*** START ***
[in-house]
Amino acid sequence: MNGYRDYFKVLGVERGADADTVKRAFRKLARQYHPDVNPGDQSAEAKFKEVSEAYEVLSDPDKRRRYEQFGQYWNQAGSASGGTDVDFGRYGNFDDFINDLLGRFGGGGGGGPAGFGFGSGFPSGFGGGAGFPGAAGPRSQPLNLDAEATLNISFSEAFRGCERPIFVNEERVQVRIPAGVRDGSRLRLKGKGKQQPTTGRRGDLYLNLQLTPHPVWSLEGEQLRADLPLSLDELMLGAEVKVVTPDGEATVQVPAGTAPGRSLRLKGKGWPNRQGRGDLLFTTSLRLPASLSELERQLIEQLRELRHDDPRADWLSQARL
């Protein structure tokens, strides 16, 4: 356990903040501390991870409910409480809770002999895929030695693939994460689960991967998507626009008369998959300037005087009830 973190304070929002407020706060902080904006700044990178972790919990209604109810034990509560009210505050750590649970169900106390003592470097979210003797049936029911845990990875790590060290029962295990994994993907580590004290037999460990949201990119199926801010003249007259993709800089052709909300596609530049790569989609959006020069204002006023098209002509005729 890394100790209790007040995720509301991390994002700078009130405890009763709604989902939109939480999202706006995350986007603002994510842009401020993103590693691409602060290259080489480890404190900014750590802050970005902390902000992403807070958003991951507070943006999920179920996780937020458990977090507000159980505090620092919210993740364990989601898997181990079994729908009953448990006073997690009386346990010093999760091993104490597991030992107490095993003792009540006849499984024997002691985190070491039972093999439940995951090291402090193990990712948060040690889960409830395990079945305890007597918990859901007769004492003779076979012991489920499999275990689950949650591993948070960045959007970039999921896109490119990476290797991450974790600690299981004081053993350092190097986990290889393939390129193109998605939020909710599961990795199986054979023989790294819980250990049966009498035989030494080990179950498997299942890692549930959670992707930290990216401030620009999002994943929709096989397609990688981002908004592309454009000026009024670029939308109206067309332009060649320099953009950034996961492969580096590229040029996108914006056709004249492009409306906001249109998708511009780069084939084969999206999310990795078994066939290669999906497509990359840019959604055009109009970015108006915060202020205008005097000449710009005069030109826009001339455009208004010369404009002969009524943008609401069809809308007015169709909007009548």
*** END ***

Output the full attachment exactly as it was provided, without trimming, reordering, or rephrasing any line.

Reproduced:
[in-house]
Amino acid sequence: MNGYRDYFKVLGVERGADADTVKRAFRKLARQYHPDVNPGDQSAEAKFKEVSEAYEVLSDPDKRRRYEQFGQYWNQAGSASGGTDVDFGRYGNFDDFINDLLGRFGGGGGGGPAGFGFGSGFPSGFGGGAGFPGAAGPRSQPLNLDAEATLNISFSEAFRGCERPIFVNEERVQVRIPAGVRDGSRLRLKGKGKQQPTTGRRGDLYLNLQLTPHPVWSLEGEQLRADLPLSLDELMLGAEVKVVTPDGEATVQVPAGTAPGRSLRLKGKGWPNRQGRGDLLFTTSLRLPASLSELERQLIEQLRELRHDDPRADWLSQARL
């Protein structure tokens, strides 16, 4: 356990903040501390991870409910409480809770002999895929030695693939994460689960991967998507626009008369998959300037005087009830 973190304070929002407020706060902080904006700044990178972790919990209604109810034990509560009210505050750590649970169900106390003592470097979210003797049936029911845990990875790590060290029962295990994994993907580590004290037999460990949201990119199926801010003249007259993709800089052709909300596609530049790569989609959006020069204002006023098209002509005729 890394100790209790007040995720509301991390994002700078009130405890009763709604989902939109939480999202706006995350986007603002994510842009401020993103590693691409602060290259080489480890404190900014750590802050970005902390902000992403807070958003991951507070943006999920179920996780937020458990977090507000159980505090620092919210993740364990989601898997181990079994729908009953448990006073997690009386346990010093999760091993104490597991030992107490095993003792009540006849499984024997002691985190070491039972093999439940995951090291402090193990990712948060040690889960409830395990079945305890007597918990859901007769004492003779076979012991489920499999275990689950949650591993948070960045959007970039999921896109490119990476290797991450974790600690299981004081053993350092190097986990290889393939390129193109998605939020909710599961990795199986054979023989790294819980250990049966009498035989030494080990179950498997299942890692549930959670992707930290990216401030620009999002994943929709096989397609990688981002908004592309454009000026009024670029939308109206067309332009060649320099953009950034996961492969580096590229040029996108914006056709004249492009409306906001249109998708511009780069084939084969999206999310990795078994066939290669999906497509990359840019959604055009109009970015108006915060202020205008005097000449710009005069030109826009001339455009208004010369404009002969009524943008609401069809809308007015169709909007009548």